• Jon Hall

    Dear all – thank you so much for all this advice. Brilliant stuff. Just what I needed. I don’t know what I will do still but at least have the right information now to decide. WHat a well-travelled group of people follow this blog. Seriously impressive. Thanks again

  • Philip Precey

    I’ve been lucky enough to visit Galapagos 8 times since 2007.

    Key will be to pick the boat itinerary that gives you the best mammal chances, and go from there.

    Fur Seal: easy/virtually guaranteed at Puerto Egas, Santiago, where they haul out in ‘Darwin’s Toilet’, or at Prince Philip’s Steps on Genovesa, where you should be able to snorkel alongside them. They’re also around the north of Sta Cruz (eg the cliffs at North Seymour, although only seen them once there, and Mosquero Island), and Isabela (eg Punta Vincente Roca).

    Santa Fe Rice Rat: as others have mentioned, seems to be do-able at any time of day, although having said that I’ve visited Santa Fe four times and still never seen it…

    The bats used to be easy to see around the streetlights in Puerto Ayora, especially around the mangroves at the fish docks, but there’s been a lot of development there in the past decade, and I haven’t seen any at all since 2007. I’ve never stayed in Puerto Villamil, the sleepy ‘town’ on Isabela, which is less built up, nor have I ventured out into the quieter parts of Puerto Ayora or up towards Bellavista at night, so they may/should still be out there.

    Cetaceans are very hit and miss, and as others have said, unfortunately most of your longer sea journeys, over the deeper water, happen at night.

    I’ve had Orca once, between Floreana and Sta Cruz; Spinner and Common Dolphins once each, both times big pods out in Bolivar Channel; a breaching Mesoplodon just off Baltra; Bryde’s Whales on 4 trips and Bottle-nosed Dolphins on 5 trips. It probably goes without saying, but don’t assume the guide or crew are looking for cetaceans… be on deck all the time!

    And you will, of course, see your fill of Galapagos Sea Lions…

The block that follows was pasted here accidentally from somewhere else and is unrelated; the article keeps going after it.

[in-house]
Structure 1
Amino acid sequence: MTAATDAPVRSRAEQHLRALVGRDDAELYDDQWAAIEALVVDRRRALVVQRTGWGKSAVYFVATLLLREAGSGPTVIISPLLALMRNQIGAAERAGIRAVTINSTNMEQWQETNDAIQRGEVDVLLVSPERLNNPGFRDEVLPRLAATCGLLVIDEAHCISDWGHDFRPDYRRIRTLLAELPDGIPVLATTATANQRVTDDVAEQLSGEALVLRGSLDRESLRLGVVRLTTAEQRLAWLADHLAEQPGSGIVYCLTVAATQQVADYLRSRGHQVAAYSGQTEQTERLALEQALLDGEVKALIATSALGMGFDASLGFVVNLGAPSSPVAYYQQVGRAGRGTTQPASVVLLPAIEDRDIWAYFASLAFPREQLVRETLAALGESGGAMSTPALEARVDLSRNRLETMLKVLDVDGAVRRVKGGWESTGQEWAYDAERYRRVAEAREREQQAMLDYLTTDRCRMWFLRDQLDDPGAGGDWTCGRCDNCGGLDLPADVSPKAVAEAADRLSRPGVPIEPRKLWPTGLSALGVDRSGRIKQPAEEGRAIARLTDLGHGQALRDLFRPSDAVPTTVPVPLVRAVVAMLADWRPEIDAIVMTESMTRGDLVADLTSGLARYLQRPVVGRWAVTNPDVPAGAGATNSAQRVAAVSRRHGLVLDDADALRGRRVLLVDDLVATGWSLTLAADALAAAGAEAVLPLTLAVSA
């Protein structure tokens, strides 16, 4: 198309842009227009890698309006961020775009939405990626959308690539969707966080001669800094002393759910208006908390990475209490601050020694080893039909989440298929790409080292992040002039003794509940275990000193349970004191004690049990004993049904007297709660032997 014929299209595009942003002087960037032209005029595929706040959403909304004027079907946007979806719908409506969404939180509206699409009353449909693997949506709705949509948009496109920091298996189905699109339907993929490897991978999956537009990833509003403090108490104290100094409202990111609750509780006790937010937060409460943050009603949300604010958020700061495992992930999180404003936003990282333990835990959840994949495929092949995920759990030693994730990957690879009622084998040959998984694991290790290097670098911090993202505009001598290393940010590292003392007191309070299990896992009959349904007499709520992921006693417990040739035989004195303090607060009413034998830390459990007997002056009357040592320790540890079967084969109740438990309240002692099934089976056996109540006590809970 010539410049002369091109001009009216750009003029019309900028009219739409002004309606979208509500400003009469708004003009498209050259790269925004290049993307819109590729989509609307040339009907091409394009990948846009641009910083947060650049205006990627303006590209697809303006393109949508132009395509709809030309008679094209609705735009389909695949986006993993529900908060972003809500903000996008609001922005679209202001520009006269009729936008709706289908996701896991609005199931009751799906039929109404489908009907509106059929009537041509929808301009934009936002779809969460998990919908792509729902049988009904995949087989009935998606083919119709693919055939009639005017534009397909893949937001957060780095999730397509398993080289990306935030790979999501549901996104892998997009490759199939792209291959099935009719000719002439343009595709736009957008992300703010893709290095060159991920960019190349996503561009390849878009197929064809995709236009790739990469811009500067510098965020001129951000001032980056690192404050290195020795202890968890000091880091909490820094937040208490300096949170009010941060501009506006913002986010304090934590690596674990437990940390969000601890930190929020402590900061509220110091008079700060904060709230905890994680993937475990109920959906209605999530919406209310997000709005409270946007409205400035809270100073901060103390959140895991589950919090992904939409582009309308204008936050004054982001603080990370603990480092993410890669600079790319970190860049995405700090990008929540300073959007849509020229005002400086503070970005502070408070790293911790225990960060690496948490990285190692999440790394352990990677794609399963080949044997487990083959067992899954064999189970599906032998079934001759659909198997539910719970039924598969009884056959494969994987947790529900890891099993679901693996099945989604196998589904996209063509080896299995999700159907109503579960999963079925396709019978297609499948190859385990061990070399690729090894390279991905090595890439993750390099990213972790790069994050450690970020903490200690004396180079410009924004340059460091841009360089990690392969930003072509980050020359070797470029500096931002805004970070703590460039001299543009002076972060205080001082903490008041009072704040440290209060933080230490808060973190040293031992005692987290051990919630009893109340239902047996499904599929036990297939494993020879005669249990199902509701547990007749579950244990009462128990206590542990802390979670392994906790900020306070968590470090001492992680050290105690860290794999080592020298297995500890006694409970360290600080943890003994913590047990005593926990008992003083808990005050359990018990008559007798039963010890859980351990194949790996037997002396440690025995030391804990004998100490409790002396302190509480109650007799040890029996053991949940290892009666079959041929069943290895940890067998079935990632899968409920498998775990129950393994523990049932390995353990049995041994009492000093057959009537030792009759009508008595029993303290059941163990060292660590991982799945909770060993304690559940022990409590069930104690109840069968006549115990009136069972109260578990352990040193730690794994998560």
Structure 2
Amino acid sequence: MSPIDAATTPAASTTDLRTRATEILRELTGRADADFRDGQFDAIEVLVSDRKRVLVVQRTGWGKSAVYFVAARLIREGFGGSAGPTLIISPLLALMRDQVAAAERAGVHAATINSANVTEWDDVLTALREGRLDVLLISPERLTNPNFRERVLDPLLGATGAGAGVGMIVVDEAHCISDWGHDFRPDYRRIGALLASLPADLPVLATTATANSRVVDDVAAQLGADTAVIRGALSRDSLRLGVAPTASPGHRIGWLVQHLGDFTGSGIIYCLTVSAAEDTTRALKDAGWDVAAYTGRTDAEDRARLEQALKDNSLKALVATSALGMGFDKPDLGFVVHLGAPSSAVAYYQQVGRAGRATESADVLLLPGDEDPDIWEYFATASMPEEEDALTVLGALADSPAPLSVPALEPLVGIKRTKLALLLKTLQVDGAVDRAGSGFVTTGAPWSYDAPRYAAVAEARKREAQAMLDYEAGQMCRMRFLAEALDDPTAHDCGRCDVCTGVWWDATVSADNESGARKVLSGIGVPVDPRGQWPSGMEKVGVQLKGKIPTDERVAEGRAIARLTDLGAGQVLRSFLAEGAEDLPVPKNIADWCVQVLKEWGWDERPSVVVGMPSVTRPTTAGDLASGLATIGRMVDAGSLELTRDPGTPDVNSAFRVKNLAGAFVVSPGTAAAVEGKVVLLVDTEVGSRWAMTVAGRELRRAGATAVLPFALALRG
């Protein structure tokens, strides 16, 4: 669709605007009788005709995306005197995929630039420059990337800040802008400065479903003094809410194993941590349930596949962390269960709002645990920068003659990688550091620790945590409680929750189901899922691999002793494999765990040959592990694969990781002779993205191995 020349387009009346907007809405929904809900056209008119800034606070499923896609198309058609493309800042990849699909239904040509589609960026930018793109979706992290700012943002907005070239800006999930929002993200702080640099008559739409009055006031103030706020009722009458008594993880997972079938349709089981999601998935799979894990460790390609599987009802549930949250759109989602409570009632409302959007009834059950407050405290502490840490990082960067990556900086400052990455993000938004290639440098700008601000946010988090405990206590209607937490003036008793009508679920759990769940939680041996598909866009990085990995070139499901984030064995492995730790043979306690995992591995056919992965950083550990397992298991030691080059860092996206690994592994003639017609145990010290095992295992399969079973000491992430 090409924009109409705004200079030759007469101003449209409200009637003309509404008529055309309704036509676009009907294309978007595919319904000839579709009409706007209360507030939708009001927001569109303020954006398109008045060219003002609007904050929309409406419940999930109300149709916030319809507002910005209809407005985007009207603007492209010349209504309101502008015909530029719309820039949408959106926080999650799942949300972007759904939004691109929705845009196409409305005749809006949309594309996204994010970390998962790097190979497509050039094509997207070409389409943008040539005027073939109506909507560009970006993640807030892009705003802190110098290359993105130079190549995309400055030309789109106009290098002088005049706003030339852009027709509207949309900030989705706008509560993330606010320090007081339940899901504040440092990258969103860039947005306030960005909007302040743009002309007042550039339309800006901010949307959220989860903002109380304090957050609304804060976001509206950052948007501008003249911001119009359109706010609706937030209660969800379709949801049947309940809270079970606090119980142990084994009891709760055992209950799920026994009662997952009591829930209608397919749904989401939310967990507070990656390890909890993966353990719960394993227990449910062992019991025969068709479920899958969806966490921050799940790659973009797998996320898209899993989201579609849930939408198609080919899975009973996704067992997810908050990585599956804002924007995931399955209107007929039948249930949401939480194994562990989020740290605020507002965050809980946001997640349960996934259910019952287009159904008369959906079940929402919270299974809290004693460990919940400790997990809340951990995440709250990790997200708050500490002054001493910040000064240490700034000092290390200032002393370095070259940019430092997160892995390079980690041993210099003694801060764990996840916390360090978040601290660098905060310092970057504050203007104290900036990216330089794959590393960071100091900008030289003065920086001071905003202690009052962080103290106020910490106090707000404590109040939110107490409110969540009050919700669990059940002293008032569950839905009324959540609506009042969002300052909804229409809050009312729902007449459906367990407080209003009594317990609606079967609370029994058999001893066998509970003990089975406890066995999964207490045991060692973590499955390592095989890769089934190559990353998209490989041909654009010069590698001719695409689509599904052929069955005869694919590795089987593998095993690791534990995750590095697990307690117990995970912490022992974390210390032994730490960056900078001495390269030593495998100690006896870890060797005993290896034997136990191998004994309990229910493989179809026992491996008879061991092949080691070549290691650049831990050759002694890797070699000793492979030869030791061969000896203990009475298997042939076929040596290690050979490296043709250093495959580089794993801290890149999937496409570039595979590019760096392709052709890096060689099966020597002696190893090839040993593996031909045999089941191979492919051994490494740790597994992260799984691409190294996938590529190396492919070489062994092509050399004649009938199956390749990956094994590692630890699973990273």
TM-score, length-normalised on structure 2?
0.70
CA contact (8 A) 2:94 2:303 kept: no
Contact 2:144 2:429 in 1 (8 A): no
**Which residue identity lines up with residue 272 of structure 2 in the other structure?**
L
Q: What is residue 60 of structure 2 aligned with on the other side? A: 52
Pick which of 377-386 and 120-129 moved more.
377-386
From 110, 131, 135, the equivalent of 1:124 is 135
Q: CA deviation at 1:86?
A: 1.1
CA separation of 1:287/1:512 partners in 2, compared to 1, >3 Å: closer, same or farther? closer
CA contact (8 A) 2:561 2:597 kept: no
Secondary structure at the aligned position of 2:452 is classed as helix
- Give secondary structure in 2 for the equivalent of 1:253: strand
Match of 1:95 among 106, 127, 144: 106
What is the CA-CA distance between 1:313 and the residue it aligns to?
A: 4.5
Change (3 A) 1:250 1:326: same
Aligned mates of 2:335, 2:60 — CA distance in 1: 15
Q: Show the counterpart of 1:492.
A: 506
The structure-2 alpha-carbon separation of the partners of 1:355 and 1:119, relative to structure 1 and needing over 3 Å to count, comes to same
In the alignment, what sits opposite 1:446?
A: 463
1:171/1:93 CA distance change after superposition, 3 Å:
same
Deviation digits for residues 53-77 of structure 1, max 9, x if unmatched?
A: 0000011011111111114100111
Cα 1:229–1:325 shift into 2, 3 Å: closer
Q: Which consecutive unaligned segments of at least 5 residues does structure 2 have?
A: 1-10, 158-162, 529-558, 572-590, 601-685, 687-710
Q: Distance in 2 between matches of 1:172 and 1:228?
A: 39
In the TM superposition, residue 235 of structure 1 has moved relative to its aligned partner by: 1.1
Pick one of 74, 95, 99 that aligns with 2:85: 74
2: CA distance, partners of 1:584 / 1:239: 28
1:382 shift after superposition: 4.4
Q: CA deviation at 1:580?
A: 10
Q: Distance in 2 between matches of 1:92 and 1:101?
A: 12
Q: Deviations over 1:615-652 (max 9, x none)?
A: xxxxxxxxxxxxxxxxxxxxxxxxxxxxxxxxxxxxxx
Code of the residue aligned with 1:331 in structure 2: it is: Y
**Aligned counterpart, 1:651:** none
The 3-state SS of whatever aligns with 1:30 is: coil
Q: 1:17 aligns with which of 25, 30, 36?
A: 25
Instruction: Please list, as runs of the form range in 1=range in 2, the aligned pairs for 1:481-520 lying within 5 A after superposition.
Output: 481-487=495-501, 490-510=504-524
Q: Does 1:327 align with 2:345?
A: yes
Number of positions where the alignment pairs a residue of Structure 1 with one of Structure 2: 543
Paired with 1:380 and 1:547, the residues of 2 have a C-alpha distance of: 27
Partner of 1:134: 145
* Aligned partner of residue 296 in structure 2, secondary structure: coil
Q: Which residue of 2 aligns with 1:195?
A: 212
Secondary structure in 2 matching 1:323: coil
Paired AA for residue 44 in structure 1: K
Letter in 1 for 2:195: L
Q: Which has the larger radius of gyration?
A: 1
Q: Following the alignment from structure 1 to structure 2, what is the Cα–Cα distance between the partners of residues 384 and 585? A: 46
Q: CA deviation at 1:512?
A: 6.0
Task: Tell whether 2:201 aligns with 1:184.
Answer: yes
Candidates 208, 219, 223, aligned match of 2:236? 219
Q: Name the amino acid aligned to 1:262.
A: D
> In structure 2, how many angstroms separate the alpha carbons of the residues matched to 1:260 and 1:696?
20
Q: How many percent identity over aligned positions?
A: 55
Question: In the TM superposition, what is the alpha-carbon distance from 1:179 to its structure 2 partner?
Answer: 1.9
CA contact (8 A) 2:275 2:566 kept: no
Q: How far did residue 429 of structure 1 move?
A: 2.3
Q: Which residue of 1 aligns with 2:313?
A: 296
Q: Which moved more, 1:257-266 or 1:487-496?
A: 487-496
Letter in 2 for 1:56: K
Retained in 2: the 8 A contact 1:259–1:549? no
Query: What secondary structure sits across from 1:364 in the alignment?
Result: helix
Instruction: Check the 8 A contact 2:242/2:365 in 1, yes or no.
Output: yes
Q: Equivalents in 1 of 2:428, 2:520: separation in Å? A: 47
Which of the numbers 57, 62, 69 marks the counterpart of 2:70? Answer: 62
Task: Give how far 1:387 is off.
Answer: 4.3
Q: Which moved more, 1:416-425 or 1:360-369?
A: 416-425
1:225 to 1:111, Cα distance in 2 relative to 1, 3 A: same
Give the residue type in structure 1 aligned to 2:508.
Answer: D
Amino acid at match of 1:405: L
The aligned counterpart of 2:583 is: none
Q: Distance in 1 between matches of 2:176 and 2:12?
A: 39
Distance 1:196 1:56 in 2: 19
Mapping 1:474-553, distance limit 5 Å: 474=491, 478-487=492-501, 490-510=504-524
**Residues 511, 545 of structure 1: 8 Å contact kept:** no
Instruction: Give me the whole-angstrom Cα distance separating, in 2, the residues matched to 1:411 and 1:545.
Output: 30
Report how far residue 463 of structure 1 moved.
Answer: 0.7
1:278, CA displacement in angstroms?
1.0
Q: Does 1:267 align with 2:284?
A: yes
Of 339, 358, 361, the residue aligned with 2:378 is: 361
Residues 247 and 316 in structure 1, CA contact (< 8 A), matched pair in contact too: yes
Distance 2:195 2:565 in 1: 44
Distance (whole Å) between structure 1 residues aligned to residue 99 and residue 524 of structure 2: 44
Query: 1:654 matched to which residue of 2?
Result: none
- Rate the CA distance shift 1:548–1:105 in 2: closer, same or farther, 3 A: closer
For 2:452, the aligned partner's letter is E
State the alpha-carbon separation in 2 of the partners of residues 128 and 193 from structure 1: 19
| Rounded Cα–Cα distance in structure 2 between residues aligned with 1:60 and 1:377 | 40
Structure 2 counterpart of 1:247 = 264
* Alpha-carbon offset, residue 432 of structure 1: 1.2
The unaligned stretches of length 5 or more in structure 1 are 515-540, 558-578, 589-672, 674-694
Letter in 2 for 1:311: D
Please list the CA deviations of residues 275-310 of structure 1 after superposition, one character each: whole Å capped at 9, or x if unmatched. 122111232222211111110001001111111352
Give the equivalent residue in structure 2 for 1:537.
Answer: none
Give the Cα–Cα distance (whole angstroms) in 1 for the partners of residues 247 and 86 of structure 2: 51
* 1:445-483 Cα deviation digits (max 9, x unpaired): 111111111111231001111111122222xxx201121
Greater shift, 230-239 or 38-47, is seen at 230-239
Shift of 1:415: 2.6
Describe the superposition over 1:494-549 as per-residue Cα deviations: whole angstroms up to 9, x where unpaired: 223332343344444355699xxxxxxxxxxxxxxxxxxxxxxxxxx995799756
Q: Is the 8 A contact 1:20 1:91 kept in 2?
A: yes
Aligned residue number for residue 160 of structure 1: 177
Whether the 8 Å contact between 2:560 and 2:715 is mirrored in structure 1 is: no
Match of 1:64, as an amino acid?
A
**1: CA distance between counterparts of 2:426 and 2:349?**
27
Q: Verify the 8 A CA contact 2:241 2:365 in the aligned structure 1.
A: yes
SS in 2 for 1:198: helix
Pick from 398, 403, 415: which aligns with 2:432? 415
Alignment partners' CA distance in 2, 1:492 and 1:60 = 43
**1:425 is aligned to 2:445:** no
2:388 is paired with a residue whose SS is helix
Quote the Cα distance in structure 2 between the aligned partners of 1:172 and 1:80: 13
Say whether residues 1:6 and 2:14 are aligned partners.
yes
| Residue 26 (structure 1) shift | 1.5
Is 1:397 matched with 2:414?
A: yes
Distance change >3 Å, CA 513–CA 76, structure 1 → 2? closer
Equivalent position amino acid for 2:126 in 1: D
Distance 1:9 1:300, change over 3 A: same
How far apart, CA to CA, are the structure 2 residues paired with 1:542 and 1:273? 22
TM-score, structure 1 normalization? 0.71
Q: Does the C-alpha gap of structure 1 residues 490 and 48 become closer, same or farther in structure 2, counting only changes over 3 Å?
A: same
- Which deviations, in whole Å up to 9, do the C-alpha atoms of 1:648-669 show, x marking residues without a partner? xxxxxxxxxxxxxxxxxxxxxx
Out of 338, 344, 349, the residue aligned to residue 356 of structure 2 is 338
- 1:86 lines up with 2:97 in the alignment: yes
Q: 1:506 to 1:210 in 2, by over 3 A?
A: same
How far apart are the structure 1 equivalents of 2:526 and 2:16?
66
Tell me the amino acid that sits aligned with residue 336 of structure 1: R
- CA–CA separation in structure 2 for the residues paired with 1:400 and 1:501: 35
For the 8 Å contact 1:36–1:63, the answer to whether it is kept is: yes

• Philip Precey

    the ‘honeypot’ islands are Genovesa, Fernandina and Espanola. I think the only way of seeing all three now is with a 14 day cruise.

    for mammals, a cruise itinerary that included Genovesa, Santa Fe and Fernandina would be perfect, and if it included Puerto Egas on Santiago all the better.

    and then have a night or two in Puerto Ayora to give you the chance to get out to look for bats, and a diving day trip to Gordon Rocks.

  • Rob Smith

    Hola Jon!
    A few years back I did a few days amazing diving out of Puerto Ayora (Scuba Iguana). Loads of hammers + mola mola, golden rays, galapagos sharks, silkies, etc! Only did 3 days diving but was ace.
    Followed that with a 1 week cruise of Fernandina portion. Got the fur seals….whales were very hard though. The cruise was with Enchanted expeditions – they have a fancyish boat and a standard one. I wasn’t paying so was happy to be on the fancy one! They are a good operation with decent guides.
    Drop me an email if you want any further info.
    Hope you’re doing well mate!

  • Matt Miller

    We went many years ago, but fur seals at the time were easy to see (at close range) on Genovesa. Sea lions were ubiquitous.

  • John Fox

    Jon, I haven’t been there but have been to a lot of web sites about it. Most were fairly worthless but Galapatours.com has a list of animals to see including rice rat and both bats, and where to find them. The cruise finder has a checklist of animals and returns cruises that go to the places with them. It can also return cruises with solo cabins with no single supplement which was a draw when I was planning on going with my sister.